Microstructural and Tribological Characteristics of Air Plasma Sprayed Alumina-Titania Coatings

Microstructural and Tribological Characteristics of Air Plasma Sprayed Alumina-Titania Coatings

Venkateshwarlu Bolleddu (VIT University, India), Vikranth Racherla (Indian Institute of Technology Kharagpur, India) and Partha Pratim Bandyopadhyay (Indian Institute of Technology Kharagpur, India)
DOI: 10.4018/978-1-5225-4194-3.ch011
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Thermally sprayed coatings from nanostructured agglomerated ceramic powders have received considerable attention in recent past due to their improved performance over corresponding coatings from conventional powders. When complete melting of a fraction of agglomerated particles is prevented, unmelted and partially melted (PM) particles appear as inclusions within the fully melted matrix resulting in a bi-modal coating microstructure. In addition to uniform mixing of constituents, the enhanced performance of nanostructured coatings has also been attributed to above described bi-modal nature of the microstructure. Interestingly, even though nitrogen is cheaper and more widely available than argon, essentially all earlier works on plasma spraying of nanostructured coatings use argon as the primary plasma gas. In this chapter, the effect of critical plasma spray parameter (CPSP), which controls the specific power input to the plasma gas, on microstructural and wear characteristics of conventional and nanostructured alumina-titania (Al2O3-13wt%TiO2) coatings is studied systematically.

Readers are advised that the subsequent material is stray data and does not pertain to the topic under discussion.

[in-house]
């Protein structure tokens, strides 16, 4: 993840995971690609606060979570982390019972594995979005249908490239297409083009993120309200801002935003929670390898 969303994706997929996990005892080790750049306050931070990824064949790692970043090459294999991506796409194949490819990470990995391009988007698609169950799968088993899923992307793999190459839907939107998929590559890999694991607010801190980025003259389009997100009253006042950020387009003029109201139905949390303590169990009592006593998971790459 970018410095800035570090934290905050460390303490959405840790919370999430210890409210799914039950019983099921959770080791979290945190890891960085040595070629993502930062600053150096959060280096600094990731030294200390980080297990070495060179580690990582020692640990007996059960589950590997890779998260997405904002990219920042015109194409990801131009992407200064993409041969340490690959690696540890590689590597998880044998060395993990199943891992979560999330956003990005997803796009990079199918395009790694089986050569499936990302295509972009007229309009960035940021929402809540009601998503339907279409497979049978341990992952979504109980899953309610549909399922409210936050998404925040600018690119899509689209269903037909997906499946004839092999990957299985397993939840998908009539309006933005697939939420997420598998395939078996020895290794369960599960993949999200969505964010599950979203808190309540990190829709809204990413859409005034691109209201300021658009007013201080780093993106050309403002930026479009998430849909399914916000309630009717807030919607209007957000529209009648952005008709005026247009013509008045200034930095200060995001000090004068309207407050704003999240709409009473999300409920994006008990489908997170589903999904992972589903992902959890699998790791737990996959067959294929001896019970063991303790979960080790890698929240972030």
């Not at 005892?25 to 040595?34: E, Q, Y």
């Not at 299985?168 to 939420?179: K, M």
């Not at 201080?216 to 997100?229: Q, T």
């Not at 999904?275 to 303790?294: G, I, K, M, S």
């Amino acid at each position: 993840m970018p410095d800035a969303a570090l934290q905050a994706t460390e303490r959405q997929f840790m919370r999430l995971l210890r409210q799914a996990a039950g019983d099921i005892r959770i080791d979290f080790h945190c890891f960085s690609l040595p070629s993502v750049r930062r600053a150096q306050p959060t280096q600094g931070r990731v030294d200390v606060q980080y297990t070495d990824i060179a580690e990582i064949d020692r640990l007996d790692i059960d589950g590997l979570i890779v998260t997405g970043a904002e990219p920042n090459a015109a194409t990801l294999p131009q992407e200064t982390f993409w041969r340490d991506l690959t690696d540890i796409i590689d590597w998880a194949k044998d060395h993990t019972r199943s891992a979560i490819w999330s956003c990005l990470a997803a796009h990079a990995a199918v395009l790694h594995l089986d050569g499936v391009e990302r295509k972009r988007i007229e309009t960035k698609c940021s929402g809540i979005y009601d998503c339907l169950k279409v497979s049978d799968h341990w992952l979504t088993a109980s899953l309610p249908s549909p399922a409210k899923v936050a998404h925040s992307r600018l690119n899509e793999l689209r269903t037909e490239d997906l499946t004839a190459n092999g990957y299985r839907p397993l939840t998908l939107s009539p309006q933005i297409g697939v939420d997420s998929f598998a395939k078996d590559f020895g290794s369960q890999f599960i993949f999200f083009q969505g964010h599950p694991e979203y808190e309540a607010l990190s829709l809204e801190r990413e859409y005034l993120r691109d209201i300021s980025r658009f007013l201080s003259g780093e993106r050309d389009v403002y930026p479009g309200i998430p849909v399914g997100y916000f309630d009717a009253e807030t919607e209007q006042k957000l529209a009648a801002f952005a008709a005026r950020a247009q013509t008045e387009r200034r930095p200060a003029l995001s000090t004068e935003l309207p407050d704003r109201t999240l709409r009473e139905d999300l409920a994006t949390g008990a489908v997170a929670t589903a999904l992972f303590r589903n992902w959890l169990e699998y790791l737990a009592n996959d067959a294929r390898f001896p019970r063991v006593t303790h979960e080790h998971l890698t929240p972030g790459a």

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Plasma sprayed alumina coatings are used in many applications, e.g. valves, plungers, pump seals, shields for guided missiles, rocket nozzles, engine components, integrated circuits, vacuum tube envelops, railroad components, etc., (Ono et al., 1993), because of their high wear resistance, heat and thermal shock resistance, oxidation and hot corrosion resistance and electrical insulation (Gadow et al., 1998; Krishnan et al., 2006). They also bond well with metallic bond coats, resist wear and solid particle erosion and have high hardness and chemical stability even at elevated temperatures (Pantelis et al., 2000; Erickson et al., 2001). Alumina exists in nature in a number of hydrated states, e.g. Diaspore (α-AlO(OH)), Boehmite (γ-AlO(OH)), and gibbsite (γ-Al(OH)3) (Carim et al., 1997). Typically, the Bayer process is used to refine bauxite, the most important ore of aluminium, to obtain alumina.

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